This week, the European Union will hold a crunch summit on whether to impose a vaccine export ban. Whatever the rights or wrongs of such a proposal, it is symptomatic of a rollout that has gone wrong from the very start.
It is no exaggeration to say that the EU’s approach to the vaccine programme has been entirely lacking in innovation, passive towards manufacturers failing delivery targets, and slow to react to fast-paced events as global efforts at mass immunisation have got underway. The EU’s vaccination shortcomings now threaten a health and economic crisis across the continent as other parts of the world begin to open up.
Even the most ardent of the European Union’s supporters, I amongst them, would likely admit that the bloc’s approach to vaccination has been characterised by complacency. The view from Berlaymont appeared to be “we have the buying power, the production capacity and expertise” when it came to vaccinations and therefore everything would be fine.
However, the fixation on price rather than speed of delivery and the complacency in failing to act against companies falling short on their commitments has left the programme in a mess. By contrast other parts of the world, such as the Middle East, UK and America have shown the positive impact a different approach has made. These contrasting proactive and creative approaches serve to highlight the shortcomings of the EU’s efforts.
It is a lack of complacency that has motivated those countries that now stand out for the effectiveness of their pandemic response. In Israel, concerns that it wouldn’t be able to compete with the major purchasing countries, in particular America, lay behind its decision to strike a ground-breaking deal with Pfizer. It was an approach that recognised what the country could offer, rather than restrictions on what it couldn’t. By contrast the European Union’s approach rested on the infrastructure and buying power it figured it already had, proving a major reason behind its slow, unimaginative approach.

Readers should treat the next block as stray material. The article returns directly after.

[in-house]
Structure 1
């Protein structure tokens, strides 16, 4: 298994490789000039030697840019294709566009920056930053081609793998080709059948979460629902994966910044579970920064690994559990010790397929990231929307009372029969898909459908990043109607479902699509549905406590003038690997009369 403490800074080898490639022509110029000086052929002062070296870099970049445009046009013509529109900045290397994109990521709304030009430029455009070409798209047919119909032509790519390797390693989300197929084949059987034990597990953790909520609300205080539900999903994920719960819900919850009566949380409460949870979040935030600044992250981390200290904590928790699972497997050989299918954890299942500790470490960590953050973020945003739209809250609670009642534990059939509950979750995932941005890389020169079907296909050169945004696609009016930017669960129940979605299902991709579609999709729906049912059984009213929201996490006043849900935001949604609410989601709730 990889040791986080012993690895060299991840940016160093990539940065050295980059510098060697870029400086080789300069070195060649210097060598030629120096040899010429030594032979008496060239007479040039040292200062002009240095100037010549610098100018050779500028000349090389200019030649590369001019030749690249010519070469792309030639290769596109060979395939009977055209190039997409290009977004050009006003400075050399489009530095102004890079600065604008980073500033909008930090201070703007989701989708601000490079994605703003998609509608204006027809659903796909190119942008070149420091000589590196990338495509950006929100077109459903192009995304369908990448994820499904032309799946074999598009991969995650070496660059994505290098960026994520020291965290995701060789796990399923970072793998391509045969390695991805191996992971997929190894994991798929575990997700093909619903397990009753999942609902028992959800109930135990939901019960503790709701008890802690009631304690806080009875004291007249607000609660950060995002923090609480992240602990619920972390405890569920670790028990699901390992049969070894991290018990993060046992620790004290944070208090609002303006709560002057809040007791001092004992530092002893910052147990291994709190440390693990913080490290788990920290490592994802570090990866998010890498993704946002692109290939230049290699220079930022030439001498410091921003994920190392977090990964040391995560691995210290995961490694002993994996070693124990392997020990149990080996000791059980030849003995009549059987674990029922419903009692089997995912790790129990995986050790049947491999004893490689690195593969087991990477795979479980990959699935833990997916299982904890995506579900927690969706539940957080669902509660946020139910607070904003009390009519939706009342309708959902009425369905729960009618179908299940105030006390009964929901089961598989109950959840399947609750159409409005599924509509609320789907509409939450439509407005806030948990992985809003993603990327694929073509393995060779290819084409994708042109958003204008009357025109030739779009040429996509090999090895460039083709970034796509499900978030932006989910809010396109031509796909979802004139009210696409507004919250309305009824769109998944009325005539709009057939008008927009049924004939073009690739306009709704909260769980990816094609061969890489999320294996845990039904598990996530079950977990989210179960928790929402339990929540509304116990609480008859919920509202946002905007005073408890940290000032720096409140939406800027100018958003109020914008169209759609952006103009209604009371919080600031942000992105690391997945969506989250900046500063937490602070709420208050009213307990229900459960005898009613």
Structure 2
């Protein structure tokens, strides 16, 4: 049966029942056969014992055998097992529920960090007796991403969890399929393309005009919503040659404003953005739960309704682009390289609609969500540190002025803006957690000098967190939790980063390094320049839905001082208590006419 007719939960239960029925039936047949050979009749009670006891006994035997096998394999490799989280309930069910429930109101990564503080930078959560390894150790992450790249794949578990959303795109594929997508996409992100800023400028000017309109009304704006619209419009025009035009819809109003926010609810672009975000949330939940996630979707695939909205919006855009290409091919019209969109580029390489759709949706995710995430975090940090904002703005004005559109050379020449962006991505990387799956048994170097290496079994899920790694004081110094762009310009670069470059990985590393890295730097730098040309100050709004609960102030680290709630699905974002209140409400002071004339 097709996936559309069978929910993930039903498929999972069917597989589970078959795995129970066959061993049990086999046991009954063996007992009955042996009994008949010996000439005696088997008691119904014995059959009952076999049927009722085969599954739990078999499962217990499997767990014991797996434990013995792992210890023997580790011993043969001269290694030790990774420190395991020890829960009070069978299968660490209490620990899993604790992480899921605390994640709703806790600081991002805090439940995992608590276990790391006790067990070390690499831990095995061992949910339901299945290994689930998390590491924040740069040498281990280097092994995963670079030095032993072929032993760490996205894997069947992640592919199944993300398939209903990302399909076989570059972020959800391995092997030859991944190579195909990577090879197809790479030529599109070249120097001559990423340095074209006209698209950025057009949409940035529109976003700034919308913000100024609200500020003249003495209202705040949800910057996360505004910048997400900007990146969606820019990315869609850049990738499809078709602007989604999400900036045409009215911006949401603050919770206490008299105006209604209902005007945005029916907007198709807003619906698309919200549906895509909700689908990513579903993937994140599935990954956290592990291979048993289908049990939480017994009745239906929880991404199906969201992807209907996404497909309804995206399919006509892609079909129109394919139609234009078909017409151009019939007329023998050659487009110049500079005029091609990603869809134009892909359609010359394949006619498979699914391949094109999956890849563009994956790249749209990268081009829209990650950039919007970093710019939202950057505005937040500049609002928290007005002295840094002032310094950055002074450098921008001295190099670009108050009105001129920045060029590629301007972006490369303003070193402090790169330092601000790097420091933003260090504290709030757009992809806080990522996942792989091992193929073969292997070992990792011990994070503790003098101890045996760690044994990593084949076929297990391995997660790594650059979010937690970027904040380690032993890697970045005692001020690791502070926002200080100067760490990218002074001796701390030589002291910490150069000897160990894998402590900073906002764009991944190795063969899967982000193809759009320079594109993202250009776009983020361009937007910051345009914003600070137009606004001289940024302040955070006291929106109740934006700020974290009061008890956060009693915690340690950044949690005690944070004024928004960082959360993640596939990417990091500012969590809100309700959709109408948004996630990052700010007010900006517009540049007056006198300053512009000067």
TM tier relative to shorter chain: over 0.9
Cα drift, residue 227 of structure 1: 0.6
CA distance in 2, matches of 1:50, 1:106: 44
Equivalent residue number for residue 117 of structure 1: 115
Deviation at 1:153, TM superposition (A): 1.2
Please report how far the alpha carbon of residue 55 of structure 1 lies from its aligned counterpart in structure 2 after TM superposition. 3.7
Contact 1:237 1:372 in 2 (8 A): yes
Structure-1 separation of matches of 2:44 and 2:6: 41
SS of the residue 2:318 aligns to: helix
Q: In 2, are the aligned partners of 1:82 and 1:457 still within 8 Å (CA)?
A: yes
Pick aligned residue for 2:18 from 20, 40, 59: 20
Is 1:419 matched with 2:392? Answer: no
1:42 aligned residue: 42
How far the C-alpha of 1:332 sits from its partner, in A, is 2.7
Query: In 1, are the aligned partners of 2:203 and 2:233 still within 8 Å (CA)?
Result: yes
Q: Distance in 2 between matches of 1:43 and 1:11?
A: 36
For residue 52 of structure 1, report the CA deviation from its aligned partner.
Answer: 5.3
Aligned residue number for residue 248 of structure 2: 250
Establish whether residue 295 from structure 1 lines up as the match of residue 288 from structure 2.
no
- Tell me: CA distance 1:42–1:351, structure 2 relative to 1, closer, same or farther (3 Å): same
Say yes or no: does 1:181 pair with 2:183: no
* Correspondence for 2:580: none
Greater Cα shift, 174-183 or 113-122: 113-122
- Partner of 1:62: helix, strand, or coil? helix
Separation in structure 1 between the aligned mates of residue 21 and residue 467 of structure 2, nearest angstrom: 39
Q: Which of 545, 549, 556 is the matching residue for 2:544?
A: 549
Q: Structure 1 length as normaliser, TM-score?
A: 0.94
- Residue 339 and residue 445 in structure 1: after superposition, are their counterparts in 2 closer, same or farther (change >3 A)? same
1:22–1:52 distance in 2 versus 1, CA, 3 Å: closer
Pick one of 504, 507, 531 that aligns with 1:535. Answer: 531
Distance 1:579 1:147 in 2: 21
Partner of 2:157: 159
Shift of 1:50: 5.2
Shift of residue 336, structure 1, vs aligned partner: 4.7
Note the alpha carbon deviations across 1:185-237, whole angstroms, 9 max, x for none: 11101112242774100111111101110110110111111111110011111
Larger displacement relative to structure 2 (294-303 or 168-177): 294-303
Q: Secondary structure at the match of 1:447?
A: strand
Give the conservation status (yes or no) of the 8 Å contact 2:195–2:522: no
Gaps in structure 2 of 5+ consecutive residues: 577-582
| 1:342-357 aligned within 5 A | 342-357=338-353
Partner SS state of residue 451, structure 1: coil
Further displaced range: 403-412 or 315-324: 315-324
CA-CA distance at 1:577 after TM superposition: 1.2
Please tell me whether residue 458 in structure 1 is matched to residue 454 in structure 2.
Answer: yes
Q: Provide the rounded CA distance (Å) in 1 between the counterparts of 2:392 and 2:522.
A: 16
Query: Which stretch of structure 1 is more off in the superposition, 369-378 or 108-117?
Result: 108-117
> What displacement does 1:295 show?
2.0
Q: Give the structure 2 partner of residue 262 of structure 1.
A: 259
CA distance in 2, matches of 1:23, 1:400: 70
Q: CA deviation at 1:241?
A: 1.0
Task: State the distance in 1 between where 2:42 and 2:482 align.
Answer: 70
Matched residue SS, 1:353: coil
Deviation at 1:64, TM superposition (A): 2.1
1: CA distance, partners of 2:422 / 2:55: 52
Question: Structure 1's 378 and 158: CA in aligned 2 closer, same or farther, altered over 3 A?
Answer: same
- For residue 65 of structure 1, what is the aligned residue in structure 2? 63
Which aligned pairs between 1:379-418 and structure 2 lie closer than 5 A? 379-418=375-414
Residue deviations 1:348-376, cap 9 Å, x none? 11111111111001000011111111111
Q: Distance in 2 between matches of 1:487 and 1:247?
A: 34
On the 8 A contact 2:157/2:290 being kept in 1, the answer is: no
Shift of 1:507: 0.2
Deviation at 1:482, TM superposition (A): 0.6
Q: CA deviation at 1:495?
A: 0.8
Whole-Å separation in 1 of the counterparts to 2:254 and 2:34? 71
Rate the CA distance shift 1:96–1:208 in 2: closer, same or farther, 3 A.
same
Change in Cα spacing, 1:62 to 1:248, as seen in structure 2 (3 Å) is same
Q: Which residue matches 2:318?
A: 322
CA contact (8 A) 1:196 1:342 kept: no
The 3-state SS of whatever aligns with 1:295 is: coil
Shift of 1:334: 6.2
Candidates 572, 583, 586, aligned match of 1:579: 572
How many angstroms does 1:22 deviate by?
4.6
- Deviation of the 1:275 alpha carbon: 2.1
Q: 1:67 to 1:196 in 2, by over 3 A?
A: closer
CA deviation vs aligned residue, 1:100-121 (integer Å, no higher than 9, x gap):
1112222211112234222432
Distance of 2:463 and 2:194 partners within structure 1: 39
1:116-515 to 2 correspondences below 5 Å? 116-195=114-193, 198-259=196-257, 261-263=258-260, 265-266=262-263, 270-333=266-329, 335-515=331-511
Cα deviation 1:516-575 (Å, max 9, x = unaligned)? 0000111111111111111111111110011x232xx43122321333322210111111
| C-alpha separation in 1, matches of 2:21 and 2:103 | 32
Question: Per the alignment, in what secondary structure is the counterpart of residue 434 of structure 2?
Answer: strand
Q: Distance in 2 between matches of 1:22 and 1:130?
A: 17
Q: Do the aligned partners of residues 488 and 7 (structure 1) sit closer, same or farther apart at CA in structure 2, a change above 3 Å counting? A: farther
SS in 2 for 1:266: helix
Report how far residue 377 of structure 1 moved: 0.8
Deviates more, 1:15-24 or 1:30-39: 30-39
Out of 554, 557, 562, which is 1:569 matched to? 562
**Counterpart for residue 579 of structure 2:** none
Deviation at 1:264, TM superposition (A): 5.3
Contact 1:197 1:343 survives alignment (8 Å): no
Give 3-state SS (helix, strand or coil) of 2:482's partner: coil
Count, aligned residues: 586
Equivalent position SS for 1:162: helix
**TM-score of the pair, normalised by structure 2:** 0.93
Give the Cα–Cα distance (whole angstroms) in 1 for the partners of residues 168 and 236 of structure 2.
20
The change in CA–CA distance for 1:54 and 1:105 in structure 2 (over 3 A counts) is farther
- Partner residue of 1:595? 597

Staying with the Middle East, the region provides further examples that show up the EU’s vaccine approach. The UAE, in large part driven by improved cooperation with the private sector, in this case G42 Healthcare, built up a comprehensive medical research, diagnostics and vaccine production infrastructure virtually from scratch in the space of a year.
Contrasted with the EU’s complacency, the UAE’s approach was driven by the urgency of wanting to become far more self-sufficient and not reliant on the rest of the world to work it out for them. The company’s genomic sequencing project aimed a better understanding how a disease like Covid-19 has been maintained through mutation and community transmission highlights an approach that looks beyond the current pandemic.
It is a tragedy for the millions of Europeans waiting to be vaccinated that the EU Commission failed to act with the same urgent proactivity. At least we are starting to finally see some recognition that the status quo cannot continue.
In my native Italy, new Prime Minister Mario Draghi’s swift action in blocking the export of AstraZeneca jabs bound for Australia, whilst controversial, at least recognised the need to aggressively deal with the continent’s supply issues. It was a warning to manufacturers to honour their commitments. Talks between Draghi, Merkel and Macron has resulted in a wake-up call for Brussels that it has the power to act more urgently and swiftly in emergency cases such as this.
Looking to the EU’s near neighbours, the UK has aggressively ensured that over 10 million vaccine supplies have been imported from Europe, with none flowing back in return, a major factor in its successful rollout. The EU has adopted no such proactivity of its own and whatever the merits or otherwise of this approach, its effectiveness in terms of the securing of early supplies cannot be argued with.
Belatedly, the EU is finally waking up to the need to be proactive in solving its supply problems, hence talk of securing more of the continent’s self-produced vaccines. The concern, however, is that much of the damage has already been done by a bloc that rested on its laurels. Despite others showing them up in terms of proactivity and innovation, the EU still has considerable commercial and economic clout, despite what sceptics might think. It is time to start using it.